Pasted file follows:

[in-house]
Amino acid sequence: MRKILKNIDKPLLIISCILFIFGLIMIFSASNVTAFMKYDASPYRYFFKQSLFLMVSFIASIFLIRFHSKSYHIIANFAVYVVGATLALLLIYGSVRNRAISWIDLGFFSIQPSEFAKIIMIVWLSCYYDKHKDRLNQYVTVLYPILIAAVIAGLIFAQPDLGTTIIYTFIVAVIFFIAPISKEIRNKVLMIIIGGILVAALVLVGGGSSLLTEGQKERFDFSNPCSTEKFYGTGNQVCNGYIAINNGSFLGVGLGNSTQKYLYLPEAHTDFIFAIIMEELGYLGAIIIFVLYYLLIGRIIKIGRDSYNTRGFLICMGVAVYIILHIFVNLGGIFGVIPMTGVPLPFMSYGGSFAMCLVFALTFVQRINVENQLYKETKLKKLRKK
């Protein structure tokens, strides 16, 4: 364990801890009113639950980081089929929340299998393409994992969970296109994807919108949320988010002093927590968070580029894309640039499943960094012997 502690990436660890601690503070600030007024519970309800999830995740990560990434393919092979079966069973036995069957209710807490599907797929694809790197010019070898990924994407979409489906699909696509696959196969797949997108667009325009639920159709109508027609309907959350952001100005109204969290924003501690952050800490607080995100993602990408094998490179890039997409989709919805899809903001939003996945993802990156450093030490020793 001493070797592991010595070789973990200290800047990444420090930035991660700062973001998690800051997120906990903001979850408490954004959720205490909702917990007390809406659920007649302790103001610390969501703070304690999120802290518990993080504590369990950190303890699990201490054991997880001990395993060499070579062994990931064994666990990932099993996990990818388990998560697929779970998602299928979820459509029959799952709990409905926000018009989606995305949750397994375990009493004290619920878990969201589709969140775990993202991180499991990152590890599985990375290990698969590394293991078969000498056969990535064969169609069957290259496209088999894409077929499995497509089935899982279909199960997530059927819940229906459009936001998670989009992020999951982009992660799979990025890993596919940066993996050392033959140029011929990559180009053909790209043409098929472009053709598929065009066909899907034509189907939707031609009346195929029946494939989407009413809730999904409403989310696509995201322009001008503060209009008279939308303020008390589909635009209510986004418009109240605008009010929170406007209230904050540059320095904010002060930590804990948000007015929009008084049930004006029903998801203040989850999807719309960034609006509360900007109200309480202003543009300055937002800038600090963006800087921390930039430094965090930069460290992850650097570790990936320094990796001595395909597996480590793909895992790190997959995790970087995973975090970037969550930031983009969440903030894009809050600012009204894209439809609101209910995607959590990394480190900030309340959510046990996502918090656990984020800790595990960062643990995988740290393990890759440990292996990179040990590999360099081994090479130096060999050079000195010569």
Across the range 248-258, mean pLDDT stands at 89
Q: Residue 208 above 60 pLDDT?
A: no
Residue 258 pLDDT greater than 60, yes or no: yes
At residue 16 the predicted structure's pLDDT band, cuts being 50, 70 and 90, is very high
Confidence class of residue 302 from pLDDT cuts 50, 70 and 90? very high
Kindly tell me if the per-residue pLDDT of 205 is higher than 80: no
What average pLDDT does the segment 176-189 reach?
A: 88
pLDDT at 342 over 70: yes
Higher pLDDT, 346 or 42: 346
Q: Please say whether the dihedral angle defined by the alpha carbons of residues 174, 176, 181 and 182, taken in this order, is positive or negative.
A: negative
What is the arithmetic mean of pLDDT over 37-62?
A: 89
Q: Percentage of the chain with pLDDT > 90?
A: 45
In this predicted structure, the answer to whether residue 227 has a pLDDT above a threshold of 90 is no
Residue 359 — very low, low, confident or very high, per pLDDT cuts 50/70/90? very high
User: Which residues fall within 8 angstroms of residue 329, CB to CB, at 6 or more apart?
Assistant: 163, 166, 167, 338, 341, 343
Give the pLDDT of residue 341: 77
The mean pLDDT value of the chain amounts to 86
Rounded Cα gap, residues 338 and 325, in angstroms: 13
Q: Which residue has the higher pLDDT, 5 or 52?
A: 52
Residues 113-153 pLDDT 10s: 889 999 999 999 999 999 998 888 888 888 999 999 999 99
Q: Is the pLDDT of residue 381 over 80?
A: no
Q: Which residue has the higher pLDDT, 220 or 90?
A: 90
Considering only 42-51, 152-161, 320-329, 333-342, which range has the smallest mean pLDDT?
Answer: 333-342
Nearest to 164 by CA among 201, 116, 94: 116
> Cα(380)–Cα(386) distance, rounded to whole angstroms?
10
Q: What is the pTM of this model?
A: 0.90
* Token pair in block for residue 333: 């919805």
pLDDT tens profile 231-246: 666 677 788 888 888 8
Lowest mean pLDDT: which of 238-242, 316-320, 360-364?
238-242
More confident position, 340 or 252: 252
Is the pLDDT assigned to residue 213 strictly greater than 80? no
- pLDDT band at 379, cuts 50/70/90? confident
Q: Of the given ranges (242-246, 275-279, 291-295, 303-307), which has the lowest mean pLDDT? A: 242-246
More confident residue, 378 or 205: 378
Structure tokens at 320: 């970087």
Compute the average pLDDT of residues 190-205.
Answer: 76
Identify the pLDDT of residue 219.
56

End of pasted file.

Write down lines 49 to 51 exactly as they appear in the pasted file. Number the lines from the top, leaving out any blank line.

Q: Of the given ranges (242-246, 275-279, 291-295, 303-307), which has the lowest mean pLDDT? A: 242-246
More confident residue, 378 or 205: 378
Structure tokens at 320: 């970087």